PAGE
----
3D-Localization of Low-Power Wireless Sensor Nodes Based on AMR-Sensors in Industrial and AmI Applications

Conference: Sensoren und Messsysteme 2010 - 15. ITG/GMA-Fachtagung
05/18/2010 - 05/19/2010 at Nürnberg

Proceedings: Sensoren und Messsysteme 2010

Pages: 8Language: englishTyp: PDF

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Carrella, Stefano; Iswandy, Kuncup; Lutz, Kai; König, Andreas (Institute of Integrated Sensor Systems, University of Kaiserslautern, Germany)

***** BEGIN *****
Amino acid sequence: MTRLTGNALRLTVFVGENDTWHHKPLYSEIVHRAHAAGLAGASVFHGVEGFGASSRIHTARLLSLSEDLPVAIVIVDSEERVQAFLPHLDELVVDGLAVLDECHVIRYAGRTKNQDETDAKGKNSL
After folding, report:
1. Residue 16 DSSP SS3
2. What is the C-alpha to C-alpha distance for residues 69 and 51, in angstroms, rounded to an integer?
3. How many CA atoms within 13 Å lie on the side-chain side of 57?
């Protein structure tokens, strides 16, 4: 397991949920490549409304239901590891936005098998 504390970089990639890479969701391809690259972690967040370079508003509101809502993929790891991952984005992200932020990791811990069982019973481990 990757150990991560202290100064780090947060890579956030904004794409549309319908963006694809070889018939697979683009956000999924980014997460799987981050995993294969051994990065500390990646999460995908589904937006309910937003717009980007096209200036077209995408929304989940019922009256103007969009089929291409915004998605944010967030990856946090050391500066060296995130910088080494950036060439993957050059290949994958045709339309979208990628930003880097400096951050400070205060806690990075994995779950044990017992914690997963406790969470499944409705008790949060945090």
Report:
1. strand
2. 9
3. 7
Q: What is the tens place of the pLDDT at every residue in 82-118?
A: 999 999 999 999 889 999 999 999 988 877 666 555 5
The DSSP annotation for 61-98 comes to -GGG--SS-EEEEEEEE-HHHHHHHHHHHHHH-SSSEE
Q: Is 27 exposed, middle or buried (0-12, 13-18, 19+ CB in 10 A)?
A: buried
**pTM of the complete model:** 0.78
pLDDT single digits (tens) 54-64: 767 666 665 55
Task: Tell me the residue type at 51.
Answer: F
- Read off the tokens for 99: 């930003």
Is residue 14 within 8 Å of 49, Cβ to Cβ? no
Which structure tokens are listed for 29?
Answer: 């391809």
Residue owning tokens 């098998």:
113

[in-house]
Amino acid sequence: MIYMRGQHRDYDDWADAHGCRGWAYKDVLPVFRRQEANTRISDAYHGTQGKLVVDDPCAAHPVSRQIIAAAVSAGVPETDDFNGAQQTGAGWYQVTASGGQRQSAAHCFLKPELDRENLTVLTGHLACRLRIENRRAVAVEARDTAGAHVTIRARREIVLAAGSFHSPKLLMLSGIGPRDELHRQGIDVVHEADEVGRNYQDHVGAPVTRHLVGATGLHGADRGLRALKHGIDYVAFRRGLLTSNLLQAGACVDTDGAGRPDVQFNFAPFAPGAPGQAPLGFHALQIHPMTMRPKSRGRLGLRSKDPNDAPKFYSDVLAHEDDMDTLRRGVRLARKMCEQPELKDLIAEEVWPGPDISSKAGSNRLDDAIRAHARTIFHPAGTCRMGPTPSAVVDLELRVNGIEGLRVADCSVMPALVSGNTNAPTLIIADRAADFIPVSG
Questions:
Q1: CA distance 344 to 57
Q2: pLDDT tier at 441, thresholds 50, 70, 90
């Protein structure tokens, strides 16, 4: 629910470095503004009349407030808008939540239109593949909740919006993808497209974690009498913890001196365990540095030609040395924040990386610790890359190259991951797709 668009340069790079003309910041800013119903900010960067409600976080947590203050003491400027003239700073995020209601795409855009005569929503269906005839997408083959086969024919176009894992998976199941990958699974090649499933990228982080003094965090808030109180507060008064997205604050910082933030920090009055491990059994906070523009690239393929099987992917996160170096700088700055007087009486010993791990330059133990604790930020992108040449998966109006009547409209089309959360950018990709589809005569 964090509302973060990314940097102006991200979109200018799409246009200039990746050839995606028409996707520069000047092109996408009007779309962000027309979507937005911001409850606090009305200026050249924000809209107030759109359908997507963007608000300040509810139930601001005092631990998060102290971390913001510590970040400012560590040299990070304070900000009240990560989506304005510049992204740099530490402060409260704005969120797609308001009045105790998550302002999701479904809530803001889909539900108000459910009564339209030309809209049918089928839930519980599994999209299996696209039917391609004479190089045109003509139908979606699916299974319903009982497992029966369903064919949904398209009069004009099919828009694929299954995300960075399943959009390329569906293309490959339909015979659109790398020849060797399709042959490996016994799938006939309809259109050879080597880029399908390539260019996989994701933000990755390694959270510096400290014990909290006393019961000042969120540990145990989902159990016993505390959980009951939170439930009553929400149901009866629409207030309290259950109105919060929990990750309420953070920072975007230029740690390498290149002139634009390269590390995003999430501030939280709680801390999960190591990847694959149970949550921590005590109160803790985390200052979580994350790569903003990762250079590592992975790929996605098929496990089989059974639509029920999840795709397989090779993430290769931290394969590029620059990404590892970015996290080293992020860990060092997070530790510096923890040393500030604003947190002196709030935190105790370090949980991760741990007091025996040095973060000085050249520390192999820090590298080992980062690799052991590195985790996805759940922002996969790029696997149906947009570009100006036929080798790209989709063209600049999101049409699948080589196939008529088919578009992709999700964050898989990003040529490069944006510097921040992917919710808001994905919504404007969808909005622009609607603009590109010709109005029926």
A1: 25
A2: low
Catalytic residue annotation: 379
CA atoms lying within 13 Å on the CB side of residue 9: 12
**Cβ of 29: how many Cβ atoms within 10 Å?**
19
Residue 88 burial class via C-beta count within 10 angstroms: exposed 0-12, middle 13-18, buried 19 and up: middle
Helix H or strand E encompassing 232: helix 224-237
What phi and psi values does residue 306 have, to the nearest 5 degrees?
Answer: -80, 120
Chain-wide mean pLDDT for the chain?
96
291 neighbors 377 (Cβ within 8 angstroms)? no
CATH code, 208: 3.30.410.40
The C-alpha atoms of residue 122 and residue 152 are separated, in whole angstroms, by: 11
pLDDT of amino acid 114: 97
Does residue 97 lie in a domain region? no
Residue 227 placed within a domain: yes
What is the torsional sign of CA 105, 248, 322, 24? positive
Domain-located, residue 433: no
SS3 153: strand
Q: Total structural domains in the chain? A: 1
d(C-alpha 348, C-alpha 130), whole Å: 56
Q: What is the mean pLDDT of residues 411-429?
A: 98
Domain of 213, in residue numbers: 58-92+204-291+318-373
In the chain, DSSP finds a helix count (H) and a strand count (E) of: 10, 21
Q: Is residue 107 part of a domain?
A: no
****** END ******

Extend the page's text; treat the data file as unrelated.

In the last decade, wireless sensor networks (WSN) have gathered a lot of attention as an important research domain and have been deployed in many applications, e.g., navigation, military, ambient intelligence, medical, and industrial tasks. Context-based processing and services, in particular location-context, are of key interest here. A plethora of technologies for localization in WSN, e.g., based on RF, light/IR, ultrasonic, have been developed. However, physical constraints of the application environment and each localization technology lead to different aptness. For instance, the attenuation of RF hinders localization via radio and media opaqueness via optical means. To provide localization method for some currently not amenable challenging applications, especially in industrial processes and AmI, a concept for localization with magnetic fields has been developed and implemented. In the proposed concept based on anisotropic magnetoresistive (AMR) sensors integrated in the wireless sensor nodes, the localization is achieved by detecting fields emitted by an appropriate coils arrangement in the industrial scenario. A first prototype has been designed with a wired and a wireless version of the tri-axial AMR-sensor. In a cubic volume of 150 cm side length, an average localization error of less than 5 cm has been achieved in air as well as liquid filled container. As stringent power constraints have to be met in WSN, a sensor node design must achieve localization at low power consumption. Based on an analysis of existing commercial components, the node power consumption presented has been analysed and a case study for optimised minimum power design based on reconfigurable sensor electronics has been elaborated.